Last chance at catching a glimpse of Mexico while flying back to the U.S. from 3,000 feet. Photo by Xitlaly Ruiz.
By Xitlaly Ruiz, Staff Reporter
In an effort to reduce the spread of COVID-19, the Centers for Disease Control and Prevention (CDC) announced that as of Jan. 26, they would require all air passengers, including U.S. citizens and legal permanent residents looking to travel to the U.S. to present a negative Covid-19 test, taken within three days prior to their travel date or proof of recovery from the virus within the last 90 days.
“Airlines must confirm the negative test result or proof of recovery for all passengers two years of age and over prior to boarding. Airlines must deny boarding of passengers who do not provide documentation of a negative test or recovery,” the CDC stated.
According to the article, US: int’l students “particularly vulnerable”, by the online publication, The Pie News, restrictions have shown to be effective in reducing the spread of this virus. These results have affected international students searching for a cultural experience and an education by embarking on a journey far from home. Students from all over the world have already taken a hit with the decision to go online.
It was made a predominant reality for many students almost a year ago, when the California State University system, including CSUDH, decided to switch into an online learning environment in order to maintain everyone’s safety. This left these students wondering if returning home was the best bet to avoid overstaying their permits, even though faculty urged them to continue with their studies in the United States.
“We told them to stay, just imagine if we had said yeah go back home do your work in your own country and look it has been a year now, those students would be underserved,” Hamoud Salhi, associate dean of International Education said.
According to the American College Health Association (ACHA), students who returned home faced a number of challenges, including time zone differences and lack of internet access. After these new travel restrictions were put in place, they had to add one more struggle to their list, figuring out how to come back to the United States when the option became available.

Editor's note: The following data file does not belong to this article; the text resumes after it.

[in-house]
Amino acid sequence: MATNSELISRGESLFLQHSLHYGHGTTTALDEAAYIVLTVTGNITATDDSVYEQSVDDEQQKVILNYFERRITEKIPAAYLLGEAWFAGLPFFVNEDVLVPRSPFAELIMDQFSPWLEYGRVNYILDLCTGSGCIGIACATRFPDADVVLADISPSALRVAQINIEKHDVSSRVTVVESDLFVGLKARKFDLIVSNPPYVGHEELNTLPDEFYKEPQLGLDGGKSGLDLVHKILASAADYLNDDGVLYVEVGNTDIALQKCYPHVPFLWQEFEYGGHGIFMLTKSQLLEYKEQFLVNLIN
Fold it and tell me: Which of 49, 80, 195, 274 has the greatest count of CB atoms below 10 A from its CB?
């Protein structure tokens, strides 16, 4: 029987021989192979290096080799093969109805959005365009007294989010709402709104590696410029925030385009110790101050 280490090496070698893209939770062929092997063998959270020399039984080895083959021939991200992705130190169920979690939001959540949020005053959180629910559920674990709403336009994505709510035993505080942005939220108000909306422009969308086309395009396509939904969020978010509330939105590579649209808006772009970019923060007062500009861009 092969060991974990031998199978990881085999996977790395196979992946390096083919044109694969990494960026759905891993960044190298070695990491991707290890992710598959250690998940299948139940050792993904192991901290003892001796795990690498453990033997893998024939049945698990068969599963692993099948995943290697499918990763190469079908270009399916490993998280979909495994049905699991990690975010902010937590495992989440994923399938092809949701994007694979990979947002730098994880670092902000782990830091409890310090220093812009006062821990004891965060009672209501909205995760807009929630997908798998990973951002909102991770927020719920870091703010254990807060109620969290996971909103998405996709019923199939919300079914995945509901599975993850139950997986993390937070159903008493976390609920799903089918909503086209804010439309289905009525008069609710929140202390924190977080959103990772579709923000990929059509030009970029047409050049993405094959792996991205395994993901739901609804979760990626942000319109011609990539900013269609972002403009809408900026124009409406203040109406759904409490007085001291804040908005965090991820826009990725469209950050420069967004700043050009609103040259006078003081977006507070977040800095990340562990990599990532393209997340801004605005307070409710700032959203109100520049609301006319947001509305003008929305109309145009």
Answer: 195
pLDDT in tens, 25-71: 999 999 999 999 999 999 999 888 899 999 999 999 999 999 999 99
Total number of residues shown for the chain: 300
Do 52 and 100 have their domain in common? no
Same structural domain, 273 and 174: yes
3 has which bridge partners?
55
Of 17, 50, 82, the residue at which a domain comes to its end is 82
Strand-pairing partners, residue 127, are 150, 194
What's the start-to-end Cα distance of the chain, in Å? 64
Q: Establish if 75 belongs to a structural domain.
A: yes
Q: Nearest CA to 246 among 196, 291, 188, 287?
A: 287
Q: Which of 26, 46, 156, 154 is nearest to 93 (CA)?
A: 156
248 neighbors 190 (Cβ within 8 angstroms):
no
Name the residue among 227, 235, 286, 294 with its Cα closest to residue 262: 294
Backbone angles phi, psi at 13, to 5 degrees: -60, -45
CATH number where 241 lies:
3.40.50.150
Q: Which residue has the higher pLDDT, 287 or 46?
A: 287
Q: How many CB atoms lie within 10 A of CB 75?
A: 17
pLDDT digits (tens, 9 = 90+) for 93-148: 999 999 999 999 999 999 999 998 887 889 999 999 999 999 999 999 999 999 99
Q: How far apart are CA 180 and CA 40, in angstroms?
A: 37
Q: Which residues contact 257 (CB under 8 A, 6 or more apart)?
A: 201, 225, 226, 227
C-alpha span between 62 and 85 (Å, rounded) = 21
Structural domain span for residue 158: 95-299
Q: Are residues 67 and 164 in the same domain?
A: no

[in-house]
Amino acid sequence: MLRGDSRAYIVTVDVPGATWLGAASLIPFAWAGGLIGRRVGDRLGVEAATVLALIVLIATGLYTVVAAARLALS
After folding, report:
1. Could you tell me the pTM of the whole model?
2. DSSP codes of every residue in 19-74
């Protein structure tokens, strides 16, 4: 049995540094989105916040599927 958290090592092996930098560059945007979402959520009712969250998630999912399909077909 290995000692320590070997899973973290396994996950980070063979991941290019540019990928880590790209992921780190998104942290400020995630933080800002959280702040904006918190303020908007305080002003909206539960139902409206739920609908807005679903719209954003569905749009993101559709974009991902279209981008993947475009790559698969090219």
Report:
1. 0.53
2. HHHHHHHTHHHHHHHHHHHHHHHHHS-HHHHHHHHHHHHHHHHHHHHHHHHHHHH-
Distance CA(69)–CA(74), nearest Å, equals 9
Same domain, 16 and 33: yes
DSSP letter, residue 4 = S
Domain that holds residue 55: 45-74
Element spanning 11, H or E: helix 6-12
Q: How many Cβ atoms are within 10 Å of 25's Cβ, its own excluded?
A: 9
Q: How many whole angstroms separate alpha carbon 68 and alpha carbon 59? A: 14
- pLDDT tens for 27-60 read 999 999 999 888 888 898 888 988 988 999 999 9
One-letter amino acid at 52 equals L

“The problem is, some students have to travel through different borders to be able to fly into the U.S. and some of these places also require a negative COVID test to be allowed entry,” Salhi said.
This not only causes delays for traveling students as testing results can take up to 24 hours but also an economic impact since, in some countries the cost of testing ranges. In Mexico for example, you can expect to pay from $130 to $150 at a health facility like a hospital for the polymerase chain reaction (PCR) test just like in the United States.
Additionally, President Joe Biden’s restrictions put into place on Jan. 25 to “suspend and limit entry into the United States” to those who have been physically present in the countries of China, Iran, European Schengen area.
The list also includes at least 20 other countries that hold an entry period of 14 days prior to flying into the said country. With this, it is important to note that if you are not an international student, but plan to travel, make sure to take the opportunity to be well informed about these restrictions prior to your planned trip.
You are also advised to check with the country you are planning to visit to avoid unplanned expenses or denial of entry back into the United States.